Interference, Orbital Spacing Key Issues for New Satellite Service

As reported in last week's RF Report, the FCC has proposed processing and service rules for a new 17/24 GHz Broadcasting Satellite Service (BSS). The Notice of Proposed Rulemaking (FCC 06-90) posted last week devotes substantial space to technical issues such as orbital spacing and interference protection.

The proposed BSS 17 GHz band covers 17.3-17.7 GHz (space-to-Earth) and 24.75-25.25 GHz (Earth-to-Space). In addition, the NPRM considers use of 17.7-17.8 GHz for international services outside of the U.S. Under FCC rules and the ITU Region 2 allocation, the allocation of these frequencies for BSS will take effect April 1, 2007. After that date, the mobile service allocation in this band will revert to secondary status and the radiolocation service allocation will remain secondary. Also, after April 1, 2007 FSS downlink services may not claim protection from and may not cause harmful interference to BSS operations. In the 24 GHz band, the FCC previously allocated 24.75-25.05 GHz on a primary basis for FSS (uplink) and limited FSS use for BSS feeder links. The band 25.05-25.25 GHz was allocated for co-primary use between the 24 GHz Fixed Service and BSS feeder links.

When the BSS allocation at 17.3-17.8 GHz becomes effective, it will be shared with current DBS feeder links operating in the same band (earth-to-space). Frequency sharing between services is typically handled by using antenna off-axis discrimination at each end of the interference path and limits on spatial proximity (orbital separation) and transmission power. The reverse-band sharing scenario between BSS and DBS is different because, according to the NPRM, two new and distinct interference paths occur: "(1) between the earth stations of different systems; and (2) between the space stations of different systems." These paths could result in 17 GHz DBS uplinks interfering with terrestrial BSS receivers or with BSS satellite transmitters causing interference to receivers in DBS satellites. The NPRM notes that for DBS operators proposing new 17 GHz uplinks to protect BSS receivers, they would need to know the location of consumer receivers and that BSS operators may not want to reveal that data.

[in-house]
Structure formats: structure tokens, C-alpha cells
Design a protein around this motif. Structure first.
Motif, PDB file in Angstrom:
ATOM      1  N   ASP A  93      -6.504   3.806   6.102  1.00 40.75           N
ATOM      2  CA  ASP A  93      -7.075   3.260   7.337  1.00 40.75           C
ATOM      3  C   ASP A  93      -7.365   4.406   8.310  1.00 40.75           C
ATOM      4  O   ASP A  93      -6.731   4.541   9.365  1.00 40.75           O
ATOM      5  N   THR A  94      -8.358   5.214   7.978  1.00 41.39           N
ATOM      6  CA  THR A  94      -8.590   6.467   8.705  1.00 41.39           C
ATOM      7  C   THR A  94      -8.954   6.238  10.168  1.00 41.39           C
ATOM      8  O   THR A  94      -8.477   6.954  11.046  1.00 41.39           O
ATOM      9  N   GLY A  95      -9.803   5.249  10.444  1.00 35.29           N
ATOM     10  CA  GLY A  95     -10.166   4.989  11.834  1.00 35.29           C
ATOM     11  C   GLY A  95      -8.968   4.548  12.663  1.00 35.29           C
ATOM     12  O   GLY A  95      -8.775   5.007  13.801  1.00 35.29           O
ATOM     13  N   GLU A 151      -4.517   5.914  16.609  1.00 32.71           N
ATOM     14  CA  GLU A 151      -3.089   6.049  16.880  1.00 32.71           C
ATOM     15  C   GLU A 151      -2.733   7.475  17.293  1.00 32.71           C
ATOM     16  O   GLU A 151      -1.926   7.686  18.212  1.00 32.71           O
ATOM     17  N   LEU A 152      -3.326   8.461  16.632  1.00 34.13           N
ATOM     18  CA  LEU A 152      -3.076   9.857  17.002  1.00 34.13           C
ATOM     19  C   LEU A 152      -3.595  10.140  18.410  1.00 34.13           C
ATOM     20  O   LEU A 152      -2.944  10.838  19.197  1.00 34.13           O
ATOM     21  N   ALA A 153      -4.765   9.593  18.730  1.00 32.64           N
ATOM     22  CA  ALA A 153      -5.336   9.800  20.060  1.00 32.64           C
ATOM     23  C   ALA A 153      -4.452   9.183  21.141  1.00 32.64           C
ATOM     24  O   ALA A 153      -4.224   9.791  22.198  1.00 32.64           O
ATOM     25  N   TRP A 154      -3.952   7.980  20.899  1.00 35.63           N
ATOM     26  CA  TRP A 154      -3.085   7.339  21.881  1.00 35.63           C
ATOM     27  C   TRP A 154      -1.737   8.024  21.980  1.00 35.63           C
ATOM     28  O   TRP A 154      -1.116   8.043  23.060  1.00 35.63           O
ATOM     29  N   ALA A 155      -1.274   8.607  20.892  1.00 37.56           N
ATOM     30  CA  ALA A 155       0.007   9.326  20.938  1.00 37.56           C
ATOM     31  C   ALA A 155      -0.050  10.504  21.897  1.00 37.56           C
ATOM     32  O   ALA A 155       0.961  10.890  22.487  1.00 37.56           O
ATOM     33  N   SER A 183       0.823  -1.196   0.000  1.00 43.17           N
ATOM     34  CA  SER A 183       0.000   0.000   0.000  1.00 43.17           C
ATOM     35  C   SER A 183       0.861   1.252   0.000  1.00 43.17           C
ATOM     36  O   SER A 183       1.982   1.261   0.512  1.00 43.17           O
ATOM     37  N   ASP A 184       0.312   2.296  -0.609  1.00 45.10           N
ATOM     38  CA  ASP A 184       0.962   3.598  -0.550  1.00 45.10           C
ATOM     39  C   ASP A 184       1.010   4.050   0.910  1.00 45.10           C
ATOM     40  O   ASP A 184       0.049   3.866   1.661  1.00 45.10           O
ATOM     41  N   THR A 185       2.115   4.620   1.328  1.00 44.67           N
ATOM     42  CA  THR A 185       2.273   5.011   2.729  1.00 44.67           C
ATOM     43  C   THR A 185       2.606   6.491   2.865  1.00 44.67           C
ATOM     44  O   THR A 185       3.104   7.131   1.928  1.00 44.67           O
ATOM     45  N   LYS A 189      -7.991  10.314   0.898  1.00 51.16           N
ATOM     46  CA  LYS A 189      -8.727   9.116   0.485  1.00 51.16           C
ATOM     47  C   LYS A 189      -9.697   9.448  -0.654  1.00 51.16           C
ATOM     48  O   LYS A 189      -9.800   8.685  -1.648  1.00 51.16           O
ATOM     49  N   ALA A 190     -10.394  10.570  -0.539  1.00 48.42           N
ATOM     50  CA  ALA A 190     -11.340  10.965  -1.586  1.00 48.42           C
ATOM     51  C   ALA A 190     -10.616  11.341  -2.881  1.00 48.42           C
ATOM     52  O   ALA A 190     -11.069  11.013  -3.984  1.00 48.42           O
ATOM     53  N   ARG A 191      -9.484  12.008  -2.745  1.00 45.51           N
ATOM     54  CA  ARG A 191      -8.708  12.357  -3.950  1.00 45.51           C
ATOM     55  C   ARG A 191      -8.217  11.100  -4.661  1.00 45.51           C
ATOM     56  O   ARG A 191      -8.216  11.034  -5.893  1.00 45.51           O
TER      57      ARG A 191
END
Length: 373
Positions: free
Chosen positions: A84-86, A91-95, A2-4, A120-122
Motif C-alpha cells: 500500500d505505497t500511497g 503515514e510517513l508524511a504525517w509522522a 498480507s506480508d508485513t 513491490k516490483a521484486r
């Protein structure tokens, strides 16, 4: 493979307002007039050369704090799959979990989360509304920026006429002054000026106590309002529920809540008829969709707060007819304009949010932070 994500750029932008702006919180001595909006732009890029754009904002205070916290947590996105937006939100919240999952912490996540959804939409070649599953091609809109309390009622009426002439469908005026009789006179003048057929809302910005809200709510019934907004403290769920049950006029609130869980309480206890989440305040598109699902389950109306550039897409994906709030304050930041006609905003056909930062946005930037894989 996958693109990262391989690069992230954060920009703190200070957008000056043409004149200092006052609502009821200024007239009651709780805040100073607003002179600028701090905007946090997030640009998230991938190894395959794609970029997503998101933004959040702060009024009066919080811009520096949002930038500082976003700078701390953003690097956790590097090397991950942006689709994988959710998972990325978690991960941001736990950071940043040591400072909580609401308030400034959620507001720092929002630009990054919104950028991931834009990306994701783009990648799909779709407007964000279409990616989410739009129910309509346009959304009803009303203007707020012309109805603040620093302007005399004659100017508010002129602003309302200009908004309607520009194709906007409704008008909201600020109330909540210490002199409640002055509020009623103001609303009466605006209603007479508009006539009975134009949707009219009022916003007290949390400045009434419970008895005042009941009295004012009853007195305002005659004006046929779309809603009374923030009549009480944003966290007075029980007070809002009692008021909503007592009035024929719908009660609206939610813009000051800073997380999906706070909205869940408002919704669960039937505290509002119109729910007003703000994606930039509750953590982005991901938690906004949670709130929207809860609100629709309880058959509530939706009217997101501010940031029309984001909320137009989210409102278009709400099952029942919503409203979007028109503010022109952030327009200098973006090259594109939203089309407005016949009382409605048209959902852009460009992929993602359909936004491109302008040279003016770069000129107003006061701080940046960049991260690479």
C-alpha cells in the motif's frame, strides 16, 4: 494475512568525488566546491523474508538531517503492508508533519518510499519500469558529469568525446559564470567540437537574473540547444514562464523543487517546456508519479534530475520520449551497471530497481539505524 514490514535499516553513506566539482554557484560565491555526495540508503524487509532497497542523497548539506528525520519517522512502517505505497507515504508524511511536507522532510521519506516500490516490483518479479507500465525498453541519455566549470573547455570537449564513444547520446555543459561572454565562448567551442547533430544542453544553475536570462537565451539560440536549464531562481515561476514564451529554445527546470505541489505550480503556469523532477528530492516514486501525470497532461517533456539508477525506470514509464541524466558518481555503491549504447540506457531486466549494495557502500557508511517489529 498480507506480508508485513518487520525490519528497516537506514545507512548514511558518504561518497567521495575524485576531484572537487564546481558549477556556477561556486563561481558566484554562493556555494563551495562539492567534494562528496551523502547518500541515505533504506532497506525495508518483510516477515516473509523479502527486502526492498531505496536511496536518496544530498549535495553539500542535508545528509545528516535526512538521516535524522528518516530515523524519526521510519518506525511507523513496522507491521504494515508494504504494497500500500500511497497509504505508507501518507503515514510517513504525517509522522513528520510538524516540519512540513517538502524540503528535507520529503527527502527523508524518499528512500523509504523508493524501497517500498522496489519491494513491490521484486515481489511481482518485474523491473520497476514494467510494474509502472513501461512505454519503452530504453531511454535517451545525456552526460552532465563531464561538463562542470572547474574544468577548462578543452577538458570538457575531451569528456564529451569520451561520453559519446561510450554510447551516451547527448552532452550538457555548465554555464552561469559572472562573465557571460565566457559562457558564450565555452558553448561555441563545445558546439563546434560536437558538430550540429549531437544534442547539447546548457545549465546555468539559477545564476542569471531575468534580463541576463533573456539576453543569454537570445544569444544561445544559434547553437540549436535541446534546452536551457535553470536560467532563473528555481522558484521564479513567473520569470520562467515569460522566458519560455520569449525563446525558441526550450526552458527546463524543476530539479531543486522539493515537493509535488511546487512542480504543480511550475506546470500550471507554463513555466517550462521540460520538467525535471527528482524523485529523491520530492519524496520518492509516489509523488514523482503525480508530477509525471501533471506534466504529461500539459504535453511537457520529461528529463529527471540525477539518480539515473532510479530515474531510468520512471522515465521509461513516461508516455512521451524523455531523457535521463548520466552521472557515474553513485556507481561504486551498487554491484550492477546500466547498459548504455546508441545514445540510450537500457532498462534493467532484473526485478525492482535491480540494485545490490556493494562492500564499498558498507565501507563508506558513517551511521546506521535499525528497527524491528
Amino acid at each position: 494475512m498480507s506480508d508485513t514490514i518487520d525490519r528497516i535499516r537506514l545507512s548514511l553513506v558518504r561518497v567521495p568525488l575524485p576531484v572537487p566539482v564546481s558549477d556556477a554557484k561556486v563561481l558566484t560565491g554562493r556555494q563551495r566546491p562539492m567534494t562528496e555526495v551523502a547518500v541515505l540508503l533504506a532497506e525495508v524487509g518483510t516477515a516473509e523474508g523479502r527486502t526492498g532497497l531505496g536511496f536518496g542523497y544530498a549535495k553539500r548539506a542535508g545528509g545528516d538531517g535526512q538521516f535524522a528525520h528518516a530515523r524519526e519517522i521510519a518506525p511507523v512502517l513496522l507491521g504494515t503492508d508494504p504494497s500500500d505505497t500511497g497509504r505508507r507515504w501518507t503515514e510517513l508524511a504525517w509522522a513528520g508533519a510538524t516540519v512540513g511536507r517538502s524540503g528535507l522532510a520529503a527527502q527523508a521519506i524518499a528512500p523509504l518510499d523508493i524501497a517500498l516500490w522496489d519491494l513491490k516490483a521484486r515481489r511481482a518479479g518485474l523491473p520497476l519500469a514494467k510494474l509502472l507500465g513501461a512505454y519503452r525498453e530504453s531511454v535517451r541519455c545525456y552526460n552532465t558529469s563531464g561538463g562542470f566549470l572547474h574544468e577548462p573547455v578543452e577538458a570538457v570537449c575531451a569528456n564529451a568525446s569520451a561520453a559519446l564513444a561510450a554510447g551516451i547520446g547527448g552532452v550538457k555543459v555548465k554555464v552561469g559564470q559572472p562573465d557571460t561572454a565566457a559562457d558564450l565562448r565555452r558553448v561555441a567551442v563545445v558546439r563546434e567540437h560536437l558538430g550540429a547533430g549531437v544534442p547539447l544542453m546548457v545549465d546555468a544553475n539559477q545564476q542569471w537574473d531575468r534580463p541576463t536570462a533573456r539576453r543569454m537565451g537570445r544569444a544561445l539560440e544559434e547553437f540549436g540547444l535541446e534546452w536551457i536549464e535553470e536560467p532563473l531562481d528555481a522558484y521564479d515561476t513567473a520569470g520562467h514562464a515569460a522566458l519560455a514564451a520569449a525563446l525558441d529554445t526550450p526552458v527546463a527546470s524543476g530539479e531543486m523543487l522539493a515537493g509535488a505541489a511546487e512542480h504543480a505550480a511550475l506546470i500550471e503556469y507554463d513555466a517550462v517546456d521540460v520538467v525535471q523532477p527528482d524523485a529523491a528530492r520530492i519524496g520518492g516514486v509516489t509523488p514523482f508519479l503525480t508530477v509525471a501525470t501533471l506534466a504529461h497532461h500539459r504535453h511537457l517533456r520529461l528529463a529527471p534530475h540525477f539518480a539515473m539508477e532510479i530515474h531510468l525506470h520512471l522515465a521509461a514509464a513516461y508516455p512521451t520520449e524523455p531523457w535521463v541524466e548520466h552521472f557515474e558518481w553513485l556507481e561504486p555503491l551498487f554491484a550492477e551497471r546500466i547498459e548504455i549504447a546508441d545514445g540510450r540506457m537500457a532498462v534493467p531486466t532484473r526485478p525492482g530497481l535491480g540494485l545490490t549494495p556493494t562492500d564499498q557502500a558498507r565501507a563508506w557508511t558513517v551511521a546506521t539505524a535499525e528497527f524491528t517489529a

Interference could also occur between DBS feeder-links and BSS TT&C earth stations, but the NPRM notes that the choice of facility sites is a system design parameter that under the control of the operator and as such does not necessarily require FCC action to remedy. The issue of satellite-to-satellite interference is highly dependent on orbital spacing.

There are other issues with the 17 GHz allocation. U.S. military services have a considerable investment in radiolocation operations in the 15.7-17.3 GHz band, including airborne high-powered synthetic aperture radars, which could pose a significant harmful interference threat to 17/24 GHz BSS subscriber earth stations. The NPRM discusses some of the options for mitigating this interference and asks 17/24 GHz BSS operators to comment on their systems' sensitivity to adjacent-band emissions and the level of protection they may require.